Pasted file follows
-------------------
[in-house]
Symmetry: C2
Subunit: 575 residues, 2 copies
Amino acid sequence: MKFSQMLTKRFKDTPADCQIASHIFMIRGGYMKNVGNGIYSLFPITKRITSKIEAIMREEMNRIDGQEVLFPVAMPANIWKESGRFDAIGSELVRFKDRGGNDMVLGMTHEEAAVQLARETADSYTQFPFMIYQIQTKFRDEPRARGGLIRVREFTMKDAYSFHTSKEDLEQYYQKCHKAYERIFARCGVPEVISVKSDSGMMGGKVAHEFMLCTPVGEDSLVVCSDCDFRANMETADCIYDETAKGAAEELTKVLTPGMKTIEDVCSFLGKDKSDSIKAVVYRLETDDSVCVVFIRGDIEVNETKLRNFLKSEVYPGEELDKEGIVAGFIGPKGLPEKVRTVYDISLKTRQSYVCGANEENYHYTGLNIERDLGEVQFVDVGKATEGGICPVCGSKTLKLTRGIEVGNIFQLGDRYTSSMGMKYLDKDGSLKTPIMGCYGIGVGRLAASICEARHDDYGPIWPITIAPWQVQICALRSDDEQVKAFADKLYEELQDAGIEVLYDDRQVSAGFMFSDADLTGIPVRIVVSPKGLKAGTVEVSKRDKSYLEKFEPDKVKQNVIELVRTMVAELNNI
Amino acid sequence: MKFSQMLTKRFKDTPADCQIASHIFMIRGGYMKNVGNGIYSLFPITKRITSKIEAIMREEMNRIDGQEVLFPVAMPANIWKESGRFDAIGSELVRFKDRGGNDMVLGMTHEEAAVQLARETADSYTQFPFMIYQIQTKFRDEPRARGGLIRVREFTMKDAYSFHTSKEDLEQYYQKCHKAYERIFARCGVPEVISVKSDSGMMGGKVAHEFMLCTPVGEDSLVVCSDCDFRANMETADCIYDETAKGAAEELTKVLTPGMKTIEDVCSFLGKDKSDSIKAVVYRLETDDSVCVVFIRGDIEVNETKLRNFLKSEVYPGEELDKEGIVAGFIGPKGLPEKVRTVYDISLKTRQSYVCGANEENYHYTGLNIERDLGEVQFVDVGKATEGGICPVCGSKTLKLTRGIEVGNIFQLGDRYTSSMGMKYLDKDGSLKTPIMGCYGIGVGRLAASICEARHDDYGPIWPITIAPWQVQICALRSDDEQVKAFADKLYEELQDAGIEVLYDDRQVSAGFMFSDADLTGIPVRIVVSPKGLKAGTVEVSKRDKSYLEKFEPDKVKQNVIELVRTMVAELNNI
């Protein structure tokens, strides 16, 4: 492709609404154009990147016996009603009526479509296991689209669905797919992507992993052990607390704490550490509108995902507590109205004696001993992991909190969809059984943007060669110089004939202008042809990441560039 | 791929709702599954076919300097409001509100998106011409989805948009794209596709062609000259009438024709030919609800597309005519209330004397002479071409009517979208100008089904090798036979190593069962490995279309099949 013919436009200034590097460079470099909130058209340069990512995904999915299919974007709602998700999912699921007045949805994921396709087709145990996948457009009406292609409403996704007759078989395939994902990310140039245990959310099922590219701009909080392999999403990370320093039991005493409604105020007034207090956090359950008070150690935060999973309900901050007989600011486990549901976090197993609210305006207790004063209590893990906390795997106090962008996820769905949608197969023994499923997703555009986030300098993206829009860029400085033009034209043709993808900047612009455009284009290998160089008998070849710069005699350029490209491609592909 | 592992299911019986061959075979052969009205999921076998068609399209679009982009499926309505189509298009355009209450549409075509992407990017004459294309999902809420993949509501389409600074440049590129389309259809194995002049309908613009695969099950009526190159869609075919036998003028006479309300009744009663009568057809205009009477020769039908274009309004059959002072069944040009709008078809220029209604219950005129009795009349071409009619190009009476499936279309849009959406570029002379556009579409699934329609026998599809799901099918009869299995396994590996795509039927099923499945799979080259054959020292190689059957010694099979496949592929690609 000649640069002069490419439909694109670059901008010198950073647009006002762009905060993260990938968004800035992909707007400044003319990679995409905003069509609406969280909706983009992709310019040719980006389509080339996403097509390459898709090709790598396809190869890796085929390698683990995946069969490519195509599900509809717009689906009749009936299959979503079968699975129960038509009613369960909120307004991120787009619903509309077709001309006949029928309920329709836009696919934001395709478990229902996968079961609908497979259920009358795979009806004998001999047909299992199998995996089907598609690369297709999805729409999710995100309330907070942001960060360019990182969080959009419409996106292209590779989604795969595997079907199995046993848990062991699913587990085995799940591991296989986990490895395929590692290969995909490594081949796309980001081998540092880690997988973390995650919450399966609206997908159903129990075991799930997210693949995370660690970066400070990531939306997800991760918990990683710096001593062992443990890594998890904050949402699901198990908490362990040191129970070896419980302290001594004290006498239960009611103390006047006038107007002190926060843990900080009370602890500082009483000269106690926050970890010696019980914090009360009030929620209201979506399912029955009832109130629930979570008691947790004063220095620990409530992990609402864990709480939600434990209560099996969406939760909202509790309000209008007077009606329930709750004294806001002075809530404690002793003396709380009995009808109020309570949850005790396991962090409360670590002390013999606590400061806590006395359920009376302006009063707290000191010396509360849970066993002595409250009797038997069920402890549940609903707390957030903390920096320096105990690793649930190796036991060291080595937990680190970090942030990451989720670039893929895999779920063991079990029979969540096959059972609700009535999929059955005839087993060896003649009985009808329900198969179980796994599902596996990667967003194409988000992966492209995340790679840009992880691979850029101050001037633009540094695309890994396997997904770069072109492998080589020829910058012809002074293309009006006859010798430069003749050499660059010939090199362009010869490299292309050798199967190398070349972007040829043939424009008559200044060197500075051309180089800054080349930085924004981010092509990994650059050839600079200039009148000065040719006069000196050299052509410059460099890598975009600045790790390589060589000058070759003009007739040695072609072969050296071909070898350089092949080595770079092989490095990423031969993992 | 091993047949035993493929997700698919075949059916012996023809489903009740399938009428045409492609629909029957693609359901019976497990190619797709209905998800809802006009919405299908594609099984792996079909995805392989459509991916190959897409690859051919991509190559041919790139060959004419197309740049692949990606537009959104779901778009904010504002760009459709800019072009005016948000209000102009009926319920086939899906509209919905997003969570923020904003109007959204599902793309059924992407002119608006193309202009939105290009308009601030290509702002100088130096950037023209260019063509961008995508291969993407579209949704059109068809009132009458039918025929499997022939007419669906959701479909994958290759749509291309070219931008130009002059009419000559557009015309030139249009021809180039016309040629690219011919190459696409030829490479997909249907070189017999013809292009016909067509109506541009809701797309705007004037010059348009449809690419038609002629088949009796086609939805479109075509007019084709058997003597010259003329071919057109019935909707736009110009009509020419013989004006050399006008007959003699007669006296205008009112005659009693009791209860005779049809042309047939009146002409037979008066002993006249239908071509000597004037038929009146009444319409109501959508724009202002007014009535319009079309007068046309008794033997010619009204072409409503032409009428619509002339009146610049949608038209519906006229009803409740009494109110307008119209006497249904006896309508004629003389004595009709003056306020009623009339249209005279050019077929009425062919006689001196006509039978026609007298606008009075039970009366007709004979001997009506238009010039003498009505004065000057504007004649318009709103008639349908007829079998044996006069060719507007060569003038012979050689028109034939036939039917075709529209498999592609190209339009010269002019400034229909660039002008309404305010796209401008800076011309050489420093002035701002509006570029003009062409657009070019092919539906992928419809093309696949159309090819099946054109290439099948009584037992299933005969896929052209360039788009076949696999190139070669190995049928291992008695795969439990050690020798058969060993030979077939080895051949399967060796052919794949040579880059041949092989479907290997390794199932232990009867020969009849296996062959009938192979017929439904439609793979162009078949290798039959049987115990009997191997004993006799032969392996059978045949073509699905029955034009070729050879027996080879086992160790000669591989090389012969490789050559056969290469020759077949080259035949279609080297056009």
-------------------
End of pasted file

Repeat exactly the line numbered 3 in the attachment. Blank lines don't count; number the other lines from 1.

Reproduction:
Subunit: 575 residues, 2 copies